@ the Royal Albert Hall
1 July 2012
Click an image to enlarge.
Tony Bennett is one of the most successful legendary
jazz and popular musicians of our time, with a thriving career spanning
over half a century.
He was born Antonio Dominick Benedetto on August
3, 1926 in Queens, New York. When he was only nine, Bennett lost
his father. He was raised by his mother, a seamstress, and his uncle,
a tap dancer. Bennett took an early interest in the arts, and began
to attend the New York High School of Industrial Arts, where he
spent the majority of his childhood studying music and painting.
When Bennett was 16, the depression took hold and he was forced
to drop out of school in order to support his struggling family
as a singing waiter in Italian restaurants.
In 1944, Bennett was drafted into the US Army where
he served on the front lines as an infantry rifleman. Following
the end of World War II he sang with the military band under the
stage name “Joe Bari.” In 1946 he returned to America,
where he took advantage of the G.I. Bill and studied singing and
acting at the American Theatre Wing. It was here that he began imitating
the sounds of instruments in his singing, a skill that would provide
him with his own unique style; and where he learned the
‘bel canto’ singing discipline that would keep his voice
in perfect shape for the entirety of his career.
Tony Bennett was awarded his first big break in
1949 when he was asked to open for Pearl Bailey. Bob Hope was in
the audience and immediately recognised Bennett’s talent,
deciding to take him on the road under the more simplified name
“Tony Bennett.” By 1950 Bennett was signed to Columbia
Records and working with record producer Mitch Miller.
In 1951, Bennett first hit, “Because of You,”
sold over 1 million copies and held the top spot on the radio charts
for ten weeks. Over the next 3 years Bennett put out 3 more #1 hits;
“Blue Velvet,” “Rags to Riches,” and “Stranger
On February 12, 1952 Bennett married Patricia Beech,
an Ohio art student and avid jazz fan. The day of the wedding, two
thousand female fans dressed in black and gathered outside of New
York’s St. Patrick’s Cathedral in mock mourning. Two
years later the happy couple gave birth to their first son D’Andrea,
and the following year they had their second son Daegal.
In 1956 Bennett broadened his horizons and ventured
into the television industry with his hosting position on ‘The
Tony Bennett Show.’ In June of 1962 he held a legendary concert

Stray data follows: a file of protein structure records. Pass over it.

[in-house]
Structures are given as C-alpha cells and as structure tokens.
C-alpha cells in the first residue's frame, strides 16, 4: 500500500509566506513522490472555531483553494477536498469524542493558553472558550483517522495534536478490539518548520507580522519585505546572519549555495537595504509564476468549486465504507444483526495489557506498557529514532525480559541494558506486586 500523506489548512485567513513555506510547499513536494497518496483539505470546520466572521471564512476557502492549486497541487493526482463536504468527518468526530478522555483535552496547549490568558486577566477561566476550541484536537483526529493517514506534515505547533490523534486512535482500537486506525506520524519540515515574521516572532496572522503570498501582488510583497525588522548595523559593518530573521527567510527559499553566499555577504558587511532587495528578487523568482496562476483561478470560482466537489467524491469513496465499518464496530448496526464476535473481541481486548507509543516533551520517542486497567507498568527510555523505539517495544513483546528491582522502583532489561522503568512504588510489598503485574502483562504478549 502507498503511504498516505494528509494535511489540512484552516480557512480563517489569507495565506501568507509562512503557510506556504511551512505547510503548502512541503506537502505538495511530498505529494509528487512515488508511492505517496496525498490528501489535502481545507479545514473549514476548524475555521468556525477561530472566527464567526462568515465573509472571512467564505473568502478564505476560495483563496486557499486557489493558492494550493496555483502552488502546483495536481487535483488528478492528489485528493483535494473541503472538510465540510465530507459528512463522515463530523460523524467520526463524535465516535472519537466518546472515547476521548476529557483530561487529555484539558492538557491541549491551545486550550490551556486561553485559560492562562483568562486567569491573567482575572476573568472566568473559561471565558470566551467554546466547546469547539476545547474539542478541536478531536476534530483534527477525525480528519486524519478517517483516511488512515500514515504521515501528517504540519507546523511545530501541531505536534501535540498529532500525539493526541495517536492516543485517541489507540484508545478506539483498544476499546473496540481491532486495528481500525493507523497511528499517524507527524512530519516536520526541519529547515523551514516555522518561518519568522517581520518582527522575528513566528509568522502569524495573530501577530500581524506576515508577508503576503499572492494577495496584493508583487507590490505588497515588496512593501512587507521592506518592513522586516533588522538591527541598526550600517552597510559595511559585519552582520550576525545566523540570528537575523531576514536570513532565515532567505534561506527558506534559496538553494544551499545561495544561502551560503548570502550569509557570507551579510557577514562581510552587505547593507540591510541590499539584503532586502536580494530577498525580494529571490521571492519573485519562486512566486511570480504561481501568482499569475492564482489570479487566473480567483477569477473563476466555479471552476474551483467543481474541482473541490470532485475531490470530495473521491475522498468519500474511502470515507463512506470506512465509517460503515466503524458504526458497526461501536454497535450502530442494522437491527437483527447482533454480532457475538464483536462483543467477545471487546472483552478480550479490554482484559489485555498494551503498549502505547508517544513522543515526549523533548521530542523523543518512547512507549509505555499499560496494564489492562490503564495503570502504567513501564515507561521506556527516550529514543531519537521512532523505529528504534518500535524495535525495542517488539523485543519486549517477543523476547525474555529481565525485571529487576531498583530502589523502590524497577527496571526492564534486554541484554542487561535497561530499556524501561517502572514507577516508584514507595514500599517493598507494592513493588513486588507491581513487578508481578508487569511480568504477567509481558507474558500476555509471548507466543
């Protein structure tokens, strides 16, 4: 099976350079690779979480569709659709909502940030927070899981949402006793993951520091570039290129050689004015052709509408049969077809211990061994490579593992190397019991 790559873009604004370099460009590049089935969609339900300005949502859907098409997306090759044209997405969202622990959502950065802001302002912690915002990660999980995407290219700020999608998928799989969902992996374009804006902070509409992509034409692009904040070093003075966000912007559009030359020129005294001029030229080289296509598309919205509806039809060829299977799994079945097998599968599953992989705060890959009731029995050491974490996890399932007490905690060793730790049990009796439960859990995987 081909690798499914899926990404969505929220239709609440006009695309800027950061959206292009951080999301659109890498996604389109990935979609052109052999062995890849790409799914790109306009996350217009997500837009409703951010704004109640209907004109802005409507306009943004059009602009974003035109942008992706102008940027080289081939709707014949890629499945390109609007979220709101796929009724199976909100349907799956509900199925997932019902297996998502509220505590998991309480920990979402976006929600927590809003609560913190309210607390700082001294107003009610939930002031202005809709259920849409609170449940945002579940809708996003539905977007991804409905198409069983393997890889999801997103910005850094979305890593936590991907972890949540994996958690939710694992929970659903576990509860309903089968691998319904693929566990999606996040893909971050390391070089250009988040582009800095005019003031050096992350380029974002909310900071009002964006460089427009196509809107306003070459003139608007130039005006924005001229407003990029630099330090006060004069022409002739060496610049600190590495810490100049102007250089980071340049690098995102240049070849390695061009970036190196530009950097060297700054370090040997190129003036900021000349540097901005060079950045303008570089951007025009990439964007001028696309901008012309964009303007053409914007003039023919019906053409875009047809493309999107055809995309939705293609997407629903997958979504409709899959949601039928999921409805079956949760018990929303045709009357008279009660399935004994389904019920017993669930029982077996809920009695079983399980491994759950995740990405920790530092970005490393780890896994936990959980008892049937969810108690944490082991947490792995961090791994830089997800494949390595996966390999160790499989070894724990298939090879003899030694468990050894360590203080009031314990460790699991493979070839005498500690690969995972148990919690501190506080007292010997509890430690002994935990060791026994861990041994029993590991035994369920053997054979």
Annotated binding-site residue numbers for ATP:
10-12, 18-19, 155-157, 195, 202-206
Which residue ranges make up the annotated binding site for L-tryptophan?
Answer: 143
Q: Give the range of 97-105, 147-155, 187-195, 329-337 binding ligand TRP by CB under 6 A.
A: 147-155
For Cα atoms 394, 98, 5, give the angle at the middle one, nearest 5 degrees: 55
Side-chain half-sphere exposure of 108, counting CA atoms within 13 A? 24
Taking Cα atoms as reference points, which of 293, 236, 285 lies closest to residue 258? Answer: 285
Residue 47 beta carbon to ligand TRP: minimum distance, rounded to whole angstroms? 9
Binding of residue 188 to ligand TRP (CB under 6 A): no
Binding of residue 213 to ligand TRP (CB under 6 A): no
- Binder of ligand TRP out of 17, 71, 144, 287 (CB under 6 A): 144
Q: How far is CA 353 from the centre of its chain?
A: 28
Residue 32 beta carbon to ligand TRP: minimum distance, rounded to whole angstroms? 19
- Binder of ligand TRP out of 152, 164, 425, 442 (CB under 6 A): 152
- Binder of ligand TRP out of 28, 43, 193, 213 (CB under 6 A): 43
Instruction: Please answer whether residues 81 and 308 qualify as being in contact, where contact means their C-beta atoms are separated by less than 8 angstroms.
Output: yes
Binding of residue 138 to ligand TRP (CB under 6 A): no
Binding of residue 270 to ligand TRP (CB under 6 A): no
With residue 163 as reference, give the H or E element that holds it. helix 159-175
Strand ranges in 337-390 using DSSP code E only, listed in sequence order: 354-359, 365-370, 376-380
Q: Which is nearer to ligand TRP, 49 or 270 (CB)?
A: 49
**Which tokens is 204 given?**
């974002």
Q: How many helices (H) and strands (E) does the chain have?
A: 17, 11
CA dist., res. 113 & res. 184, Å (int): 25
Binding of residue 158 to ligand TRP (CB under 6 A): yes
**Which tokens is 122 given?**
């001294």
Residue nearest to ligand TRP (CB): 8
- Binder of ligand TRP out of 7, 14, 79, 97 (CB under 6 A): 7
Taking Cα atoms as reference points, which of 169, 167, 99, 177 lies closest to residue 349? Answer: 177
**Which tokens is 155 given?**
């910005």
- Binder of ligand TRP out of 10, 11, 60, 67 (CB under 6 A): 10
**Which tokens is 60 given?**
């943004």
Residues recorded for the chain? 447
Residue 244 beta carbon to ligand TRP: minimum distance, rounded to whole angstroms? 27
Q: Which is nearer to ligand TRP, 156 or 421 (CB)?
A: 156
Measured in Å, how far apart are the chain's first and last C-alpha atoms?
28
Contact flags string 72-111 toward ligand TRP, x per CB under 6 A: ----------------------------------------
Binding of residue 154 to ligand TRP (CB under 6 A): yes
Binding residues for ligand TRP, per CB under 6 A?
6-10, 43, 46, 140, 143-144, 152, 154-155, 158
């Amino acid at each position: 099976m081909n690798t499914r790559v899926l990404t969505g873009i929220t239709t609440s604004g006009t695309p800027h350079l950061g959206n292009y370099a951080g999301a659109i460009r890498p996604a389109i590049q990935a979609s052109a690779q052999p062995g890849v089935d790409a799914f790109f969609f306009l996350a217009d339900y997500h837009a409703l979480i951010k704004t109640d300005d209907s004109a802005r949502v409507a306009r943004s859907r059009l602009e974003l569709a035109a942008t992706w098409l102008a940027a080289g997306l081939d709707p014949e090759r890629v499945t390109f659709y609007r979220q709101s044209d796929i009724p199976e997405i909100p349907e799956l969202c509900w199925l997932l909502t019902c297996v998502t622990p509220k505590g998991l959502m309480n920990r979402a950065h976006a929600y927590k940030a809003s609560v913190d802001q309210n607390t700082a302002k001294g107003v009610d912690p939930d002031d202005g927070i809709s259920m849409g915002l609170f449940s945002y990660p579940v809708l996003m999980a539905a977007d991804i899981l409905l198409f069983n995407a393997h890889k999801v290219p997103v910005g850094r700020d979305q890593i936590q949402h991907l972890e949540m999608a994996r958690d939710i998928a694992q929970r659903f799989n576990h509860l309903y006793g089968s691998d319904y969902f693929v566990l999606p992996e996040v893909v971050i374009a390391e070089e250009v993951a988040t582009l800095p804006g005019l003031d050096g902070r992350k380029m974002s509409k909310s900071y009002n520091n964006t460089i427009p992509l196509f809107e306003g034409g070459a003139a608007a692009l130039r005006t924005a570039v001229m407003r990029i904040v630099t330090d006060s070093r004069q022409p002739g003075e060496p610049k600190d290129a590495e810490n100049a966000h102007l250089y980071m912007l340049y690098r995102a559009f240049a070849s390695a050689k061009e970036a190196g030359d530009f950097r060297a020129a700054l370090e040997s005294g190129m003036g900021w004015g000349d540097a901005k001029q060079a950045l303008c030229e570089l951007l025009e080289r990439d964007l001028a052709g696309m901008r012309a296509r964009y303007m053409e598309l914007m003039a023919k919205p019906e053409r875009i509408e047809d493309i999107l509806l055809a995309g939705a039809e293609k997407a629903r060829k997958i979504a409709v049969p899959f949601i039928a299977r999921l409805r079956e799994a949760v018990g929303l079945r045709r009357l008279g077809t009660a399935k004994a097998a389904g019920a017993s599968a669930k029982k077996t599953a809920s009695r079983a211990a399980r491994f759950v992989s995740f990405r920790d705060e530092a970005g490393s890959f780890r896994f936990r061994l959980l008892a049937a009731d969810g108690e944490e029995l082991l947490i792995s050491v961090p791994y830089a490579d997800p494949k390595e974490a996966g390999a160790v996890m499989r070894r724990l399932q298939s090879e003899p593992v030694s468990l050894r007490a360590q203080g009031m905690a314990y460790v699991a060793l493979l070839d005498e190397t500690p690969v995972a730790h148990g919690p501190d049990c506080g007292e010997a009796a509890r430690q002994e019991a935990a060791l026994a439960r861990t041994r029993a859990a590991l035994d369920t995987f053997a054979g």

at Carnegie Hall in which 44 of his most notable songs were featured.
Later that same year, he released “I Left My Heart in San
Francisco,” a ballad that would eventually become his signature
song. The song won Grammy Awards for Record of the Year and Best
Male Solo Vocal Performance.
1965 brought with it a turn of events. With the
pressures of life on the road, his marriage became strained and
he and his wife divorced. In 1966 Bennett’s first film role
in ‘The Oscar’ debuted to poor reviews and uninterested
audiences. Eventually the turmoil touched his singing career and
artistic differences between Bennett and Columbia Records began
to emerge. After 20 years of recording, Bennett left Columbia Records
in 1972 for a short stint with his own label and others, before
taking a long hiatus from recording entirely.
Bennett’s problems resulted in a drug habit,
coupled with spiralling debts which led to bankruptcy and eventually
the IRS attempting to seize his Los Angeles home. His second marriage
was also troubled. In 1979 a near-fatal drug overdose finally provided
Bennett the perspective he needed to seek out help. He sought out
his son Danny, who signed on as his father’s manager and eventually
helped to turn his career back around.
Bennett made a remarkable comeback in the late
1980’s and 1990’s, appearing on late-night television
shows such as David Letterman and Jay Leno. He lent his voice to
the animated television series The Simpsons, and made a guest appearance
on MTV Unplugged. His apparent effort to widen his fan base helped
out his career tremendously. He now has a recording contract with
his old label, Columbia, in which he has complete creative freedom.
In 1996 he published Tony Bennett: What My Heart Has Seen, a collection
of his paintings, and then in 1998 he put out his autobiography
titled The Good Life.
Tony Bennett has sold over 50 million records worldwide,
is a published author, and a successful painter. He has been inducted
into the Big Band and Jazz Hall of Fame, and in 2002 received a
lifetime achievement award from ASCAP. He has won fifteen Grammy
Awards, two Emmy Awards, and the National Endowment for the Arts
Jazz Masters Award. Tony Bennett remains a popular recording artist
today. In June of 2009 Bennett announced he would begin a new tour,
bringing the classics and new favourites to over thirty cities.